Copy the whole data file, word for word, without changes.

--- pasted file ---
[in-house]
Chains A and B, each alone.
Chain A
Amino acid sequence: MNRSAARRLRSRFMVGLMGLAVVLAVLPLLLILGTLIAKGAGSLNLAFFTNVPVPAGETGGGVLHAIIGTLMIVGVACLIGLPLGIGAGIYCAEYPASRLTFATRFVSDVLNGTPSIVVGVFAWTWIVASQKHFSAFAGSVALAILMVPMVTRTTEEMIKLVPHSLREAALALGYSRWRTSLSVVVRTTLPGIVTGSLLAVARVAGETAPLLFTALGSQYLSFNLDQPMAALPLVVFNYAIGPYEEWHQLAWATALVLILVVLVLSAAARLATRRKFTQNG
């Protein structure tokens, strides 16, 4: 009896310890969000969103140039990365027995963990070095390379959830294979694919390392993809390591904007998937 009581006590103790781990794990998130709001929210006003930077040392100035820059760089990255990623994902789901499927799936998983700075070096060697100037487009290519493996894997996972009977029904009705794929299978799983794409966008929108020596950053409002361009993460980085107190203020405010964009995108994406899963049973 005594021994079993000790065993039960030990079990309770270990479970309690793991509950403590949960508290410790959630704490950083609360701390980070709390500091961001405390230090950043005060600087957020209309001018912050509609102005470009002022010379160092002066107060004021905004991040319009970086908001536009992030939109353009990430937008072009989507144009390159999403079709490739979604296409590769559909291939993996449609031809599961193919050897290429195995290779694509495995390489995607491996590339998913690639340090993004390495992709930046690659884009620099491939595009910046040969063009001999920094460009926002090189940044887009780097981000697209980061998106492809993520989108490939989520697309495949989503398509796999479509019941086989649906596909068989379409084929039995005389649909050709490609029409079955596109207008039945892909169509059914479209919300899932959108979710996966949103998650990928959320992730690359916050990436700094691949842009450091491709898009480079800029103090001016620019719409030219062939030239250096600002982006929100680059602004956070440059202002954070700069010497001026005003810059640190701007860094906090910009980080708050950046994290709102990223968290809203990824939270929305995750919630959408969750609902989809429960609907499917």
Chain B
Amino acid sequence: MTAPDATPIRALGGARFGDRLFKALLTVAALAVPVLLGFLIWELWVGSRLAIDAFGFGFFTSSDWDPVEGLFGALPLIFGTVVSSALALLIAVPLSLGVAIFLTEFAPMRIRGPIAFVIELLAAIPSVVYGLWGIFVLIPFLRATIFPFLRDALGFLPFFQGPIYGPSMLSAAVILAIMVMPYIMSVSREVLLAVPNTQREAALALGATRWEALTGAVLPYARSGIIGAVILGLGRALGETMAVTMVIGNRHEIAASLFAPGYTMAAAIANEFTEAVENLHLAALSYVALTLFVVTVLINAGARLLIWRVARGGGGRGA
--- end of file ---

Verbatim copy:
[in-house]
Chains A and B, each alone.
Chain A
Amino acid sequence: MNRSAARRLRSRFMVGLMGLAVVLAVLPLLLILGTLIAKGAGSLNLAFFTNVPVPAGETGGGVLHAIIGTLMIVGVACLIGLPLGIGAGIYCAEYPASRLTFATRFVSDVLNGTPSIVVGVFAWTWIVASQKHFSAFAGSVALAILMVPMVTRTTEEMIKLVPHSLREAALALGYSRWRTSLSVVVRTTLPGIVTGSLLAVARVAGETAPLLFTALGSQYLSFNLDQPMAALPLVVFNYAIGPYEEWHQLAWATALVLILVVLVLSAAARLATRRKFTQNG
């Protein structure tokens, strides 16, 4: 009896310890969000969103140039990365027995963990070095390379959830294979694919390392993809390591904007998937 009581006590103790781990794990998130709001929210006003930077040392100035820059760089990255990623994902789901499927799936998983700075070096060697100037487009290519493996894997996972009977029904009705794929299978799983794409966008929108020596950053409002361009993460980085107190203020405010964009995108994406899963049973 005594021994079993000790065993039960030990079990309770270990479970309690793991509950403590949960508290410790959630704490950083609360701390980070709390500091961001405390230090950043005060600087957020209309001018912050509609102005470009002022010379160092002066107060004021905004991040319009970086908001536009992030939109353009990430937008072009989507144009390159999403079709490739979604296409590769559909291939993996449609031809599961193919050897290429195995290779694509495995390489995607491996590339998913690639340090993004390495992709930046690659884009620099491939595009910046040969063009001999920094460009926002090189940044887009780097981000697209980061998106492809993520989108490939989520697309495949989503398509796999479509019941086989649906596909068989379409084929039995005389649909050709490609029409079955596109207008039945892909169509059914479209919300899932959108979710996966949103998650990928959320992730690359916050990436700094691949842009450091491709898009480079800029103090001016620019719409030219062939030239250096600002982006929100680059602004956070440059202002954070700069010497001026005003810059640190701007860094906090910009980080708050950046994290709102990223968290809203990824939270929305995750919630959408969750609902989809429960609907499917």
Chain B
Amino acid sequence: MTAPDATPIRALGGARFGDRLFKALLTVAALAVPVLLGFLIWELWVGSRLAIDAFGFGFFTSSDWDPVEGLFGALPLIFGTVVSSALALLIAVPLSLGVAIFLTEFAPMRIRGPIAFVIELLAAIPSVVYGLWGIFVLIPFLRATIFPFLRDALGFLPFFQGPIYGPSMLSAAVILAIMVMPYIMSVSREVLLAVPNTQREAALALGATRWEALTGAVLPYARSGIIGAVILGLGRALGETMAVTMVIGNRHEIAASLFAPGYTMAAAIANEFTEAVENLHLAALSYVALTLFVVTVLINAGARLLIWRVARGGGGRGA